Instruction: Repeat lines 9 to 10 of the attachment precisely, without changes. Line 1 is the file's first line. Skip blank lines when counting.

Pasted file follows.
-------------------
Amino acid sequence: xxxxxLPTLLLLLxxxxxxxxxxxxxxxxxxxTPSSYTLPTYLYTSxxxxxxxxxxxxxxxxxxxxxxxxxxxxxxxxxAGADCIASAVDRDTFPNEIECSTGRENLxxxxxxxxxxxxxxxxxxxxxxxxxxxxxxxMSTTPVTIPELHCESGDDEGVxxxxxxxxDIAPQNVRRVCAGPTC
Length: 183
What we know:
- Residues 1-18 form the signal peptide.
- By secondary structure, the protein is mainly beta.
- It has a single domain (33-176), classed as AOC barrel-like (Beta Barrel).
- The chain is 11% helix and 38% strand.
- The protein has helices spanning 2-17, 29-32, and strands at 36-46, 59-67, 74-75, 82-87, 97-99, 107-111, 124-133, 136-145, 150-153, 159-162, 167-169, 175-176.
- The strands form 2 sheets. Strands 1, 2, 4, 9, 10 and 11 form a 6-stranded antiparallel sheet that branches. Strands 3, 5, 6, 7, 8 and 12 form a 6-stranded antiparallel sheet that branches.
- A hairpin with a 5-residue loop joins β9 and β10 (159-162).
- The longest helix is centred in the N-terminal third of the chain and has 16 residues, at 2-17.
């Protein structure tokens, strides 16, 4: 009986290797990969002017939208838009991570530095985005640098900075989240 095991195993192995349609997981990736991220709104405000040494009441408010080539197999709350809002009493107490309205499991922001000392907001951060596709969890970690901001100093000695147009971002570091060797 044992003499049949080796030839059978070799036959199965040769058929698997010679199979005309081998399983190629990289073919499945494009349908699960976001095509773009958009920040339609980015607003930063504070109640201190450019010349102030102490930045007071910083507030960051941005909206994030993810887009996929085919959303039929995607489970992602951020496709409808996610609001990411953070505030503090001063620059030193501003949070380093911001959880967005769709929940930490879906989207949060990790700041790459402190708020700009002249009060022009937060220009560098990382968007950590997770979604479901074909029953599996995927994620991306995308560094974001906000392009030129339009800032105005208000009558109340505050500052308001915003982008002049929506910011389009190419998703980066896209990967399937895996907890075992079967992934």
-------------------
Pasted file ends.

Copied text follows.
- The strands form 2 sheets. Strands 1, 2, 4, 9, 10 and 11 form a 6-stranded antiparallel sheet that branches. Strands 3, 5, 6, 7, 8 and 12 form a 6-stranded antiparallel sheet that branches.
- A hairpin with a 5-residue loop joins β9 and β10 (159-162).